So I’ve been working on the solution to 2019 Tech syllabus.
When I say working, I mean trying to wrestle with the wicked problem around what it means by ‘quality solutions’. I guess it means, a different kind of quality solution from the current one – which is long past its use-by date. Aside from that, I figure there are two paths.
One path leads to using out of the box software solutions which will spew out content and come up with some algorithmic determination: probably a score, number or another icon to represent the student’s understanding. This is seductive as I could block code, pump it into Minecraft and say how well I’ve met the new benchmark.
We know kids love Minecraft (unless you offer them an alternative, which most schools are not about to do). In my standardised biome with my standardised test, I’m gonna tick all those boxes for sure. The downside is that kids arrive at high school from iseveral dimensions: lack of teacher effort; no teacher interest; basic skills, limited resources, little time for this; through to celebrities and minted budgets where they’ve been using tech at a high level for a long time.
There is no single solution for each student’s context – but the assumption is – higher levels of coding and applied technology is not needed than ever before. Gee, that’s what it’s called Technology and Applied Studies – not STEM. All this is going to mean lots of back-filling of missed skills, concepts and knowledge they will need to tackle something like Unity … or simply settle for code-hour and block programming. The problem with this is that we’re dealing with complex ideas which Scratch etc., goes someway to introduce … it’s still hard for a wide range of reasons including the fact that it’s not entirely the TAS teacher’s responsibility – just like other literacies are not the sole domain of the English Department.
On the other hand … I could take more responsibility for my own learning and address the increasingly problematic ‘user only’ culture that has been pushed onto kids at school and at home. I could settle for “they have gaps” and dumb it down for everyone – or not. But is this going to be authentic, or me just buying software and running online tests?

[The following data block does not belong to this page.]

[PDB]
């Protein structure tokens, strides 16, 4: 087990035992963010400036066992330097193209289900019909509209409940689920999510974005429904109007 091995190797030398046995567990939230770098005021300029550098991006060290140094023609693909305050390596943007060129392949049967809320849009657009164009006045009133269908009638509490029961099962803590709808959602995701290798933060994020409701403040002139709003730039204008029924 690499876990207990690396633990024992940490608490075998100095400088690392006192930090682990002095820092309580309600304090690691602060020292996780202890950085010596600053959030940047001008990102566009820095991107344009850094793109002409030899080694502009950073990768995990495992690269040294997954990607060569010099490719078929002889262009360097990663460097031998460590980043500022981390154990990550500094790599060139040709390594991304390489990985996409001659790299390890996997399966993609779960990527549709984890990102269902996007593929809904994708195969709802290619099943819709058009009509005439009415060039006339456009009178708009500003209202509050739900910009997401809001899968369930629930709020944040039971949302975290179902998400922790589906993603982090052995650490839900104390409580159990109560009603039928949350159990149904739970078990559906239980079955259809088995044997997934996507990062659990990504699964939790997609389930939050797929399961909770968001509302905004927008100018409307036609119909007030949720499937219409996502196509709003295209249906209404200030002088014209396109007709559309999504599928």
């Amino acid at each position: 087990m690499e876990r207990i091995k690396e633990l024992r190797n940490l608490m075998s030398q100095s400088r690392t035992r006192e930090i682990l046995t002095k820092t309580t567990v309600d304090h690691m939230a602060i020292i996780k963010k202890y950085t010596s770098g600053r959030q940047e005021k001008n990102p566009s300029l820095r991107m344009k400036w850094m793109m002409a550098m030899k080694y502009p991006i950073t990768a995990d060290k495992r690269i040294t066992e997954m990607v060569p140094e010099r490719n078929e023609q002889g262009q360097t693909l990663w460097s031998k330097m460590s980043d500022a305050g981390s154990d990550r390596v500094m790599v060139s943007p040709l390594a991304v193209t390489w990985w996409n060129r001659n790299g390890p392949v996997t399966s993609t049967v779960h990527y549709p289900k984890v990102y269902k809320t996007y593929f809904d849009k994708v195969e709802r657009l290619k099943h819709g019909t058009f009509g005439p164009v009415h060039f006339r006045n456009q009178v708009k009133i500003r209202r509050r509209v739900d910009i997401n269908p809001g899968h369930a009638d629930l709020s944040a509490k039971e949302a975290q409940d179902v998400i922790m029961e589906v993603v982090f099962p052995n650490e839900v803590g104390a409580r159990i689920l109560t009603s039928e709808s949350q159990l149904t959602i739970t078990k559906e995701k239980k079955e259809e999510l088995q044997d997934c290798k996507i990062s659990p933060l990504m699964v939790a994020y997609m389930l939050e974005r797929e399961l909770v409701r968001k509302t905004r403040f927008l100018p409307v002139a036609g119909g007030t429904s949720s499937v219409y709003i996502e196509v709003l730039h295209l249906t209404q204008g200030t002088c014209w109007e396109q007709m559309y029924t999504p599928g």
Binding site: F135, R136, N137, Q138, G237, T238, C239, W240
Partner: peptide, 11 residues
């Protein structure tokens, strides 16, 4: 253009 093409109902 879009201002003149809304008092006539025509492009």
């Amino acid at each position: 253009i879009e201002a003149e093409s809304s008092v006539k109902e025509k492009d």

Not being seduced by the commercial (and popular) easy track means even more work. More time and resources are also needed in differentiation (which I can’t buy or be gifted) as well as trying to encourage students to follow their own interests (should they go beyond Fornite and Rainbow Six) – which I’m up for – always have been.
TAS generally is facing a much bigger elephant in the room than ever before – what is the new level of ‘quality’ and is home-made-stuff better (or perceived to be worse) than the commercial stuff. This helps explain the mad rush to try and work out how this now fits into the super competitive world of STEM – by TAS world, which has often chosen to sit out the digital debate entirely. The old mentality was “I do wood, she does metal and they do Hospo. You’re in the wrong staff room”. But this new syllabus puts TAS into everyone’s staffroom. It will be a head-spin – as people jostle for position, try to ignore or enthusiastically race off into their own world of ‘cool’. It’s going to be even harder for school leaders who have to find a sustainable and relevant path in all this.
On one hand, the STEM trend clouds what TAS has supposed to have done for decades in technology, but in recent years, I suspect some TAS departments have hid behind the band-saw and avoided digital technology – leaving it to ‘the computing teacher’ in their department. That’s about the change radically. As 50 hours at least lead to digital technologies.
In the last ten years, the technological boundaries kept expanding, but the social and cultural decreased – resulting in lazy-ICT, post-truth denial, media panics about screen-time and the quest to further commercialise children’s learning. Easer, faster, more reliable? … sure, if you think weighing a pig will help you know how happy it is.
So no, I choose not to do block programming, I choose not to accept that everything beyond Office and Google Docs is too hard, or that I can find a software provider to do my job for me.
What does that look like – Hello World, making mistakes … all that stuff that we used to do. It still works.